Poor Moses. Poor baby. God says that some help would be forthcoming - 70 men should be set aside to assist. Not only that, meat was on the way. Quail. God says, "You shall eat not only one day, or two days, or five days, or ten days, or twenty days, but for a whole month--until it comes out of your nostrils and becomes loathsome to you..." (4) So there!

The wilderness wandering continues. They arrived at the border of Canaan and were instructed to send in a spy team for a 40-day reconnaissance run - 12 men, one representing each of the tribes of Israel. You remember the result from Sunday School: the report of a land "flowing with milk and honey" (and to prove it they had brought back a bunch of grapes that was so huge that it took two of them to carry it), BUT the populace matched the grapes - also huge. Two of the twelve spies - Joshua and Caleb - said, "So what, let's go. But the other ten said, "No way; they would turn us into dog meat."

Again, the weeping and wailing and whining starts: "Would that we had died in the land of Egypt! Or would that we had died in this wilderness! Why is the LORD bringing us into this land to fall by the sword? Our wives and our little ones will become booty; would it not be better for us to go back to Egypt?" (5) Then they wanted to choose a new leader to replace Moses, someone who would take them back to the Pharaoh. Joshua and Caleb try to calm the crowd with new assurances of coming victory, but folks wanted to stone them into silence.

By now, God is getting steamed. "How long will this people despise me? And how long will they refuse to believe in me, in spite of all the signs that I have done among them? I will strike them with pestilence and disinherit them, and I will make of you a nation greater and mightier than they." (6) Once more, Moses intercedes on the people's behalf, calms God down and extracts a promise that they will not be wiped out. But there would be a price: the wilderness wandering would continue - 40 years worth...one year for each of the 40 days the spies were in the land; AND the only men of Israel now alive and over the age of 20 who would finally live in the Promised Land would be Joshua and Caleb, because they were the only two who had enough faith to believe that their God WOULD give the victory.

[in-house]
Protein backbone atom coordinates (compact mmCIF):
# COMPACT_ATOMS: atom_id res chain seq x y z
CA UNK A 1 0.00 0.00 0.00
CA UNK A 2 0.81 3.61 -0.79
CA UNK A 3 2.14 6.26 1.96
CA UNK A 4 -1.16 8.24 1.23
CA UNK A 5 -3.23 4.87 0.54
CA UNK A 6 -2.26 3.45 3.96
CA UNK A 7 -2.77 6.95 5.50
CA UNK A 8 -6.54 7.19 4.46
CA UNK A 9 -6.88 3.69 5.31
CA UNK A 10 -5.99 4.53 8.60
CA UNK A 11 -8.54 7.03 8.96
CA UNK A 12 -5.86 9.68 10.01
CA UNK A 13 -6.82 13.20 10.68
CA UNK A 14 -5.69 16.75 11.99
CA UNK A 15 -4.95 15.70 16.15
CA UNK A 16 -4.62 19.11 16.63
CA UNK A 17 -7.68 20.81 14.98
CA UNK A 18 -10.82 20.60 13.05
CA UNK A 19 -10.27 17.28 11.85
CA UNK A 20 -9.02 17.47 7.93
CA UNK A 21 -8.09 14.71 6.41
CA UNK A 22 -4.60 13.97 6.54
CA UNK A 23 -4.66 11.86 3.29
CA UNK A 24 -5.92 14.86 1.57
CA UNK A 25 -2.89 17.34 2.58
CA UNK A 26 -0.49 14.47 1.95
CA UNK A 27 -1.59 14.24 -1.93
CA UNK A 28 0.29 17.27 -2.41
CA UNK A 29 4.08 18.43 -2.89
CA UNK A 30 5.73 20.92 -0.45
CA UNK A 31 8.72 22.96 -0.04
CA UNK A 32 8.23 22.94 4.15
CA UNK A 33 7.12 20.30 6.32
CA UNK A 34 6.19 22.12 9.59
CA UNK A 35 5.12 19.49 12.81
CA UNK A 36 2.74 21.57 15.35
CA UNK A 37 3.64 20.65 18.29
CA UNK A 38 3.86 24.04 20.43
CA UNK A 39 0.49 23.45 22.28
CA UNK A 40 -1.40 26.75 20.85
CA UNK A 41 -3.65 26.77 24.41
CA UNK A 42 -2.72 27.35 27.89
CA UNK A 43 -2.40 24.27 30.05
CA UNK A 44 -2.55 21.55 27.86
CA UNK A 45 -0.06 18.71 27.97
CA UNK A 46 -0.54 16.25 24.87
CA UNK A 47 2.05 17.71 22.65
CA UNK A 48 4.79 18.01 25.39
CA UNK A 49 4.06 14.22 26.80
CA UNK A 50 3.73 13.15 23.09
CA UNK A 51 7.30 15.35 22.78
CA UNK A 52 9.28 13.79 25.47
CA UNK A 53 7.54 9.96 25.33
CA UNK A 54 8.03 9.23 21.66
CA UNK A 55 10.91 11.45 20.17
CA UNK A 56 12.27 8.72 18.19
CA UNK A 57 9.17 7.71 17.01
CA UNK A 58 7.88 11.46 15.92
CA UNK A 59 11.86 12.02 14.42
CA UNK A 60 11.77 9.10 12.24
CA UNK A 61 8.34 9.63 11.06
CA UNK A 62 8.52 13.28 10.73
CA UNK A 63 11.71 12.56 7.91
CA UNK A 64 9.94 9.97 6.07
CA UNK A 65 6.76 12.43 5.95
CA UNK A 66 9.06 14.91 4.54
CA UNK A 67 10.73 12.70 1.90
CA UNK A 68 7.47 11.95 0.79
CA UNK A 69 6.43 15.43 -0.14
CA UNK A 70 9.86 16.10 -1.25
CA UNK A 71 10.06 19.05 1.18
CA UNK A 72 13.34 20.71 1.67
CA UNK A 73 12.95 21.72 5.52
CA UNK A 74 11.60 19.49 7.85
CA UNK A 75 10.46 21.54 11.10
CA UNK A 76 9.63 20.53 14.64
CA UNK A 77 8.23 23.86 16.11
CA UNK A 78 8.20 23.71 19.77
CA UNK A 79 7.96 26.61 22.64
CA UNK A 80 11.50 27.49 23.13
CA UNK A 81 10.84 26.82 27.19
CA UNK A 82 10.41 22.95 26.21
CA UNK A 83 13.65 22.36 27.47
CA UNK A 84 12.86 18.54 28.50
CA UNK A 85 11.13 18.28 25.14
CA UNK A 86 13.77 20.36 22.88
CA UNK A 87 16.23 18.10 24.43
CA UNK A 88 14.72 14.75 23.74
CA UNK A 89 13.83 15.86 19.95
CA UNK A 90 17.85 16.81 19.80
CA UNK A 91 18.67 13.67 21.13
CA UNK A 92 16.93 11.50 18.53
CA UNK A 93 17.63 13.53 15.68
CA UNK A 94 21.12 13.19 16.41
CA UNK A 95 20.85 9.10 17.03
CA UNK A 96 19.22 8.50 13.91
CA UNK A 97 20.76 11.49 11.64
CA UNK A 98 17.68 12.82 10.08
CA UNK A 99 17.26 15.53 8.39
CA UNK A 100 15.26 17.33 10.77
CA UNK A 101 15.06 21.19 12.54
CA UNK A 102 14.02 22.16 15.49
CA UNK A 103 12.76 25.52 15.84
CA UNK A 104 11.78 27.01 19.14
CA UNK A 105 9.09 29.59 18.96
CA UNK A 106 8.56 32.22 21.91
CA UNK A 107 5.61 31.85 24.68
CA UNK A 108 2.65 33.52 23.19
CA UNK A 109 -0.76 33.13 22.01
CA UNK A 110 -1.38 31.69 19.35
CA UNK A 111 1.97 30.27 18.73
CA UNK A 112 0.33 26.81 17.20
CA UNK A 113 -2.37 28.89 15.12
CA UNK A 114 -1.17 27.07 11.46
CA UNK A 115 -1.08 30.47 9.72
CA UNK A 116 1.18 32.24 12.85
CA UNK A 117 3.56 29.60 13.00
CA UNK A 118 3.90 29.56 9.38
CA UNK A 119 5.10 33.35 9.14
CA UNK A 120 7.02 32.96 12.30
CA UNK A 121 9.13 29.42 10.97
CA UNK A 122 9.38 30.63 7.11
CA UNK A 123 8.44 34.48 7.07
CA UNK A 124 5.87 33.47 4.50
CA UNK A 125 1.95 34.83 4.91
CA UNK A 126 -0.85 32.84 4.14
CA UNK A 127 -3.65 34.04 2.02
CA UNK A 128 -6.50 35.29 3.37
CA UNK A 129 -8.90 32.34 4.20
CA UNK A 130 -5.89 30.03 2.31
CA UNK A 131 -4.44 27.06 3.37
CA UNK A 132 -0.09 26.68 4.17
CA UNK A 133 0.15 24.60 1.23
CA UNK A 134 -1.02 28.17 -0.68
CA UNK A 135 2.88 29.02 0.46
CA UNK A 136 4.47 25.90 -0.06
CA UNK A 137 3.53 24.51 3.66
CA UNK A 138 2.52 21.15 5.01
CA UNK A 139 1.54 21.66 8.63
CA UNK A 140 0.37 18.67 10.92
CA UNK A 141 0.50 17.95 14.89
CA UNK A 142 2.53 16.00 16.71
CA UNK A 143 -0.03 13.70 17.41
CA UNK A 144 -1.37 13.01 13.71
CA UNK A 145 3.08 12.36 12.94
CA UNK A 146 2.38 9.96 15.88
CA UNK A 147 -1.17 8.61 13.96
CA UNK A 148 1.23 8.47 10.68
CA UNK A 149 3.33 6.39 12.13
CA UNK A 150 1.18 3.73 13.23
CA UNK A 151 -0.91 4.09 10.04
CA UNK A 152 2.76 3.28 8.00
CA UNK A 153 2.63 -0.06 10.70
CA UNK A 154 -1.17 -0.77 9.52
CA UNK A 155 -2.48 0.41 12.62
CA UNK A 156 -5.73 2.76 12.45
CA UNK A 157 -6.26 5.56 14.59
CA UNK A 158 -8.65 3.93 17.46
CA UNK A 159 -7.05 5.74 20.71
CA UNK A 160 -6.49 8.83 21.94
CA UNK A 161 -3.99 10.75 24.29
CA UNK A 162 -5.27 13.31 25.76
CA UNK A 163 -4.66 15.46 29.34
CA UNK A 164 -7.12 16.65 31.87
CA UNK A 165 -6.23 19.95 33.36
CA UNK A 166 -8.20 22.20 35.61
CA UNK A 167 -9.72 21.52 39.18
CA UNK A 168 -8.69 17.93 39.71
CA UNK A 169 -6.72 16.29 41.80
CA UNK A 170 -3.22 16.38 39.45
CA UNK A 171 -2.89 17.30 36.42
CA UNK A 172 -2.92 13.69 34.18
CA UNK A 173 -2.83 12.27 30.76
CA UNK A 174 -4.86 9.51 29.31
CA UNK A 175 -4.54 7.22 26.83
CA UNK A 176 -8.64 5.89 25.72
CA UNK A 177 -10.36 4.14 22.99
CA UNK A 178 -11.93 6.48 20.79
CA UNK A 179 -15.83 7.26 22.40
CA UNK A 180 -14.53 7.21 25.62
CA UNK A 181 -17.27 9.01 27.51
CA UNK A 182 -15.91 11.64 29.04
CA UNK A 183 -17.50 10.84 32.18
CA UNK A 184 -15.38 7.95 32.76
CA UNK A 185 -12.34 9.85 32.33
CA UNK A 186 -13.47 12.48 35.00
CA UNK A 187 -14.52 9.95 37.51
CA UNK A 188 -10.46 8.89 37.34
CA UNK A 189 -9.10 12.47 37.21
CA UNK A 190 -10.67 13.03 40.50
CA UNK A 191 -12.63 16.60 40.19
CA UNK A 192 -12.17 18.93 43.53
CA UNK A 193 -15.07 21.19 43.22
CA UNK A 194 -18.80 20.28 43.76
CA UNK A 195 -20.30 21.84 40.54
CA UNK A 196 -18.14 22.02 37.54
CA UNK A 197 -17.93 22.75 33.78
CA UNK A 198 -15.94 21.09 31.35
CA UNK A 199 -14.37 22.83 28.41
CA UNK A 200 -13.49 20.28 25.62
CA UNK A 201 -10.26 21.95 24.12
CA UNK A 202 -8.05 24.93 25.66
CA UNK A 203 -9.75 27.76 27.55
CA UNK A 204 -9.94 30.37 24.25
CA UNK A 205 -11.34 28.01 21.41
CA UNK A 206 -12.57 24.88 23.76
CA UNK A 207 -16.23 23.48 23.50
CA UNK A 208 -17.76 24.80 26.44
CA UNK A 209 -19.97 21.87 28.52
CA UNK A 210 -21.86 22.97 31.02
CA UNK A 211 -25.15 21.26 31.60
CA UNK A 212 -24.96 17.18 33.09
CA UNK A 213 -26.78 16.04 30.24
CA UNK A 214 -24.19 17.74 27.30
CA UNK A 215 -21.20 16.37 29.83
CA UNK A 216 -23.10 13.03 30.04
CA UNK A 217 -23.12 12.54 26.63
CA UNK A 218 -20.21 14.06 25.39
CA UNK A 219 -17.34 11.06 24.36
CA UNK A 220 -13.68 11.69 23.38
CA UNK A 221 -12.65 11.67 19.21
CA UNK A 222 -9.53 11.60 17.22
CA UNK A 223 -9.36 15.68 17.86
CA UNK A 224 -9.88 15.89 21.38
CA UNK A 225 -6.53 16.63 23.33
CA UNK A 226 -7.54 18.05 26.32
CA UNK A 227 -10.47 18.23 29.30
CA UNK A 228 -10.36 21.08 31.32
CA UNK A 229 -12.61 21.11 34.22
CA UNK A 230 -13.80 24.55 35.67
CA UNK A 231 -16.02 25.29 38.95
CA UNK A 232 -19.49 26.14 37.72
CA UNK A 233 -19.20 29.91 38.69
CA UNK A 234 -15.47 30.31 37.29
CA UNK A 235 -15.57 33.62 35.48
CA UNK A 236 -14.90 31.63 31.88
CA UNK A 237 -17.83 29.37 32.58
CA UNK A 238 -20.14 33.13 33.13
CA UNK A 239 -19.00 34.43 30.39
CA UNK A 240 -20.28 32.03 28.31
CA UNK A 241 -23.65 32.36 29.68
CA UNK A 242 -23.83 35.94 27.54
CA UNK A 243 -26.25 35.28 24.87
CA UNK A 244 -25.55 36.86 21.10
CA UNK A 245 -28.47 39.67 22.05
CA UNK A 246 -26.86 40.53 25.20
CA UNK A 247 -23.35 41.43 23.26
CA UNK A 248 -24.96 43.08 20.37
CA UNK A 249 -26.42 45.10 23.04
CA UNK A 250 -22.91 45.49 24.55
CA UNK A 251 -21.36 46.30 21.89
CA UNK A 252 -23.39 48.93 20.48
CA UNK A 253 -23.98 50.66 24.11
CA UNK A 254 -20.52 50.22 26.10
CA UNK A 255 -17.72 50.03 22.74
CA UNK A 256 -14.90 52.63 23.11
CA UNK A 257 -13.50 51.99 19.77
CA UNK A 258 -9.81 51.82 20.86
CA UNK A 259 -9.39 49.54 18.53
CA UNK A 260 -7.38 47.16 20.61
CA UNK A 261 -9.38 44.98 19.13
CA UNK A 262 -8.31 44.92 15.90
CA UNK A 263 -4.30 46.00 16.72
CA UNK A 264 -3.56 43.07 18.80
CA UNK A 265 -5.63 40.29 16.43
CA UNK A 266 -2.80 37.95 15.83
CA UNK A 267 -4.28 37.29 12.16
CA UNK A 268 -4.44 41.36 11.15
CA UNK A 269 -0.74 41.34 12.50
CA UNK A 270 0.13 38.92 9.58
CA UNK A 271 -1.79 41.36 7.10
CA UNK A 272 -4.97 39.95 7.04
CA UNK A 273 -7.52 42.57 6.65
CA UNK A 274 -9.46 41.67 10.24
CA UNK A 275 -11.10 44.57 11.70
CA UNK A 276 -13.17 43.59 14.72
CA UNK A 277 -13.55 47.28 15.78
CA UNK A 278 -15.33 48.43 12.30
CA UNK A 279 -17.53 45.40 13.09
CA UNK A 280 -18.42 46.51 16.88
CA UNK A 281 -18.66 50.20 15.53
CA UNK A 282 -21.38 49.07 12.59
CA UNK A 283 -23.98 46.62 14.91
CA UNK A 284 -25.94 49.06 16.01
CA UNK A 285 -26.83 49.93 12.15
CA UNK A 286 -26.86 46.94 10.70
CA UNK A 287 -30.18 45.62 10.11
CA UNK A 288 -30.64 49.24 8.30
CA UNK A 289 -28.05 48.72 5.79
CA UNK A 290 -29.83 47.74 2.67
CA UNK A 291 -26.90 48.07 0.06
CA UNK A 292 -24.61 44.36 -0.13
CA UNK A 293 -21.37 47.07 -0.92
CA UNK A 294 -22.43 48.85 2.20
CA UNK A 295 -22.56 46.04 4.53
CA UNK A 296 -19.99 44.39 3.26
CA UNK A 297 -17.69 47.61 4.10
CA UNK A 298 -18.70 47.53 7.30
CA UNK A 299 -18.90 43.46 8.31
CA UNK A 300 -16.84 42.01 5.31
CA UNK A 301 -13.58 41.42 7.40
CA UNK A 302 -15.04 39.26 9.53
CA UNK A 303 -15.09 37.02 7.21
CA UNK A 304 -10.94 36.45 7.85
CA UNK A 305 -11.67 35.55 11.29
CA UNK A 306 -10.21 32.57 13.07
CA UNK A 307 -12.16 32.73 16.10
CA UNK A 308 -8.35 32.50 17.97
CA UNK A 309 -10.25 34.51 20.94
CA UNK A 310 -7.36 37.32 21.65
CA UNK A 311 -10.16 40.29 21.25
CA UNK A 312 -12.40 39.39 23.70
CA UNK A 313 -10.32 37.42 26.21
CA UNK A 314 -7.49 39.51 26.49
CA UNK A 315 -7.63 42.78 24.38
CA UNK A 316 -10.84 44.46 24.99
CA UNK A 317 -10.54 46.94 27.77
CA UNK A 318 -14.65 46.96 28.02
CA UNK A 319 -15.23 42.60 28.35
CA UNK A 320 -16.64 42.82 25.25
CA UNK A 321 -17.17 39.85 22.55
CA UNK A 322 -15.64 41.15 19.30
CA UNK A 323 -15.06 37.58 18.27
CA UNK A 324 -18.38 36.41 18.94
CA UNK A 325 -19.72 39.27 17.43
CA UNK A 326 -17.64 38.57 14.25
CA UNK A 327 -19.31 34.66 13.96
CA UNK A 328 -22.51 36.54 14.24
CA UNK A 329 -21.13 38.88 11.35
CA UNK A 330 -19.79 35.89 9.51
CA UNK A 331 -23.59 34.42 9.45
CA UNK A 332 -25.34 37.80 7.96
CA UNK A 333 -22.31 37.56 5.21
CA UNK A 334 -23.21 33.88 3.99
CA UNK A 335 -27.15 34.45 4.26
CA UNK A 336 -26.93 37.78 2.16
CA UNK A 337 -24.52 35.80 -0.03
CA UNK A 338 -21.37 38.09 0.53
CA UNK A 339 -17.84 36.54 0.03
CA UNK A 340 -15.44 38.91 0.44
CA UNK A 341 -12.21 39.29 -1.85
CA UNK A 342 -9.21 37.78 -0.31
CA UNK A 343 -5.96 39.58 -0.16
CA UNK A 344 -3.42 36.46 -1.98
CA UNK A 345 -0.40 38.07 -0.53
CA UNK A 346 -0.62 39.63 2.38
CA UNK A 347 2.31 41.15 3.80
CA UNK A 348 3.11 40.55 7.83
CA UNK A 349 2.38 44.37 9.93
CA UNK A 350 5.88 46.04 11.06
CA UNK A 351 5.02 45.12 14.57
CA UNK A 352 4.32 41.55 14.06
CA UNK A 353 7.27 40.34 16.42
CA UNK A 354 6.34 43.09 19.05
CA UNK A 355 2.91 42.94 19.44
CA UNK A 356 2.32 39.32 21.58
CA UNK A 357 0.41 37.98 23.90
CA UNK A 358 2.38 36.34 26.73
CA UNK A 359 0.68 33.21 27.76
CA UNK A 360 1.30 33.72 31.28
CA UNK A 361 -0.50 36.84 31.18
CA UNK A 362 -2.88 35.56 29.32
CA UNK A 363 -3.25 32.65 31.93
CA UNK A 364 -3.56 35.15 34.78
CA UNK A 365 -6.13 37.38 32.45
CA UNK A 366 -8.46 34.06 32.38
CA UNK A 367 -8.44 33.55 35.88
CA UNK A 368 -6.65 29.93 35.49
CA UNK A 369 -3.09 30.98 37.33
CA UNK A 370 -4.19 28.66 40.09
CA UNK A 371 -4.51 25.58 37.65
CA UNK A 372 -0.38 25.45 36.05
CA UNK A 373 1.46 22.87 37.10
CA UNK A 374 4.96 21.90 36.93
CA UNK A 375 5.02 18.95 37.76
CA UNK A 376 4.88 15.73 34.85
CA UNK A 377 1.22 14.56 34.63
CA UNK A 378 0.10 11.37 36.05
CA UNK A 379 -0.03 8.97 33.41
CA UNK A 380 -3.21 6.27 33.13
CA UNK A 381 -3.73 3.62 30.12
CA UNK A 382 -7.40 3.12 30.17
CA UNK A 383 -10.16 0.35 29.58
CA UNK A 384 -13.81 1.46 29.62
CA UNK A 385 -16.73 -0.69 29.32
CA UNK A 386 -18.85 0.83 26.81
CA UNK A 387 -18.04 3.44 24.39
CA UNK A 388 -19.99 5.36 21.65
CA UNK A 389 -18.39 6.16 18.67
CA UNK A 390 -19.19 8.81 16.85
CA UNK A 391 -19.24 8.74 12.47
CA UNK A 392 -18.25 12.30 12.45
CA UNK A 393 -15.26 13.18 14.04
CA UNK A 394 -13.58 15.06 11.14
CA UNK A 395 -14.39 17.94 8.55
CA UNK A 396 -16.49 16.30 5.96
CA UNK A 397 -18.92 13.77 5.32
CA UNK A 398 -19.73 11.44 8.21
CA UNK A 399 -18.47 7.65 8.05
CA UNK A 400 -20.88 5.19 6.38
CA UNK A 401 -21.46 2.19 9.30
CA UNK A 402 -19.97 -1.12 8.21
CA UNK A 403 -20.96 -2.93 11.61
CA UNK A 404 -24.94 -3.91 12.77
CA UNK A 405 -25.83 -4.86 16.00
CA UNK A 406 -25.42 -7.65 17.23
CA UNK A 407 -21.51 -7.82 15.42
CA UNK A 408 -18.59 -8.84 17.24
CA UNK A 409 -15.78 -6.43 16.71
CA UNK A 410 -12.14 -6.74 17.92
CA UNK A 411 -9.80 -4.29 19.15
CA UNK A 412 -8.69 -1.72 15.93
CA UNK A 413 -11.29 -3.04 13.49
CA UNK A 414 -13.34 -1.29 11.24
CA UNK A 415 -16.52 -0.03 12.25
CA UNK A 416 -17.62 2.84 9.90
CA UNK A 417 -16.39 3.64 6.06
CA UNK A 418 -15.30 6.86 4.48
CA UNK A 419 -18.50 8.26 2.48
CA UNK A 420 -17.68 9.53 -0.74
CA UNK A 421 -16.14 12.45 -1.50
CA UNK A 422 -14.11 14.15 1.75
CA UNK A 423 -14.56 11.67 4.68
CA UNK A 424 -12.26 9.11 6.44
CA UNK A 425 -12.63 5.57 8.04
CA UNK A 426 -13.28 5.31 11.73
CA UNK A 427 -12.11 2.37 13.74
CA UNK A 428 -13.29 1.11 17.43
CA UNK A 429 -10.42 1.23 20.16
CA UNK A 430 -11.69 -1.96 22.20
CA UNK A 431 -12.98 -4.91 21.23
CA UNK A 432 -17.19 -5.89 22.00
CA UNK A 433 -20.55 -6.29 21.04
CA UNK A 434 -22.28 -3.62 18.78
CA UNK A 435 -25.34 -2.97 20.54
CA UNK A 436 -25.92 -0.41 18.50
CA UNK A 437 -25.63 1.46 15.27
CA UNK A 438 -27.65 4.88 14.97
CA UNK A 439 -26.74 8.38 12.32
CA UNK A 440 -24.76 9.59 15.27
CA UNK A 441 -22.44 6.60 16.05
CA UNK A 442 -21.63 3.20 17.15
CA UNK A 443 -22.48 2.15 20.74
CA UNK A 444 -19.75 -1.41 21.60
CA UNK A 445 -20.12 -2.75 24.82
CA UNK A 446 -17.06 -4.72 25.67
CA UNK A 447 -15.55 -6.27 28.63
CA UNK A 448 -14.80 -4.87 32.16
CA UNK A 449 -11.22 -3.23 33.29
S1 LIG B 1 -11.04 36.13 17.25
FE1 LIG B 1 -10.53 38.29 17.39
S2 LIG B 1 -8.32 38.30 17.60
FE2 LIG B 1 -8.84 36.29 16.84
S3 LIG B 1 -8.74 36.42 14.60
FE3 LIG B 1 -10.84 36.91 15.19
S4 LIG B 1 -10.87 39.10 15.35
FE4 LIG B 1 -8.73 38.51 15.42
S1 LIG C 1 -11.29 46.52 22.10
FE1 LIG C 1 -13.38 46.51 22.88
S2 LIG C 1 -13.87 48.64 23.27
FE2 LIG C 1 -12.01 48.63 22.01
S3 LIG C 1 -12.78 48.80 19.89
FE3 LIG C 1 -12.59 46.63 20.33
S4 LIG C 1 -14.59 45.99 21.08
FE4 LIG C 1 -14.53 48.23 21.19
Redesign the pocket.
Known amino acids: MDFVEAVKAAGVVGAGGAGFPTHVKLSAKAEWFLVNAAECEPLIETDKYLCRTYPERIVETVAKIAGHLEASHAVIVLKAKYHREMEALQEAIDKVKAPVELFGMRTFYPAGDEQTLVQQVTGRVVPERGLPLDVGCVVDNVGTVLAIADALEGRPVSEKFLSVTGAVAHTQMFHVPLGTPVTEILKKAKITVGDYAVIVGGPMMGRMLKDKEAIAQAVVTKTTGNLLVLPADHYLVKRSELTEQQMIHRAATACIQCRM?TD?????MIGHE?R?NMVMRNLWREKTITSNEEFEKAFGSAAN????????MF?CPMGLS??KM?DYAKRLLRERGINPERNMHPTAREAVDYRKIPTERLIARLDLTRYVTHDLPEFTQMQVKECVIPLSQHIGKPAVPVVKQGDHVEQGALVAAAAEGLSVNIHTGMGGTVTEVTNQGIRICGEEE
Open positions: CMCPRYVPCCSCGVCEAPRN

As you well know, the story does not end there. There would be more grumbling and grousing. One outright mutiny against Moses' leadership ended up costing the lives of almost 15,000 people in a plague. There are complaints about not enough water, so God arranges for Moses to be able to strike a rock with his staff and bring forth enough for all.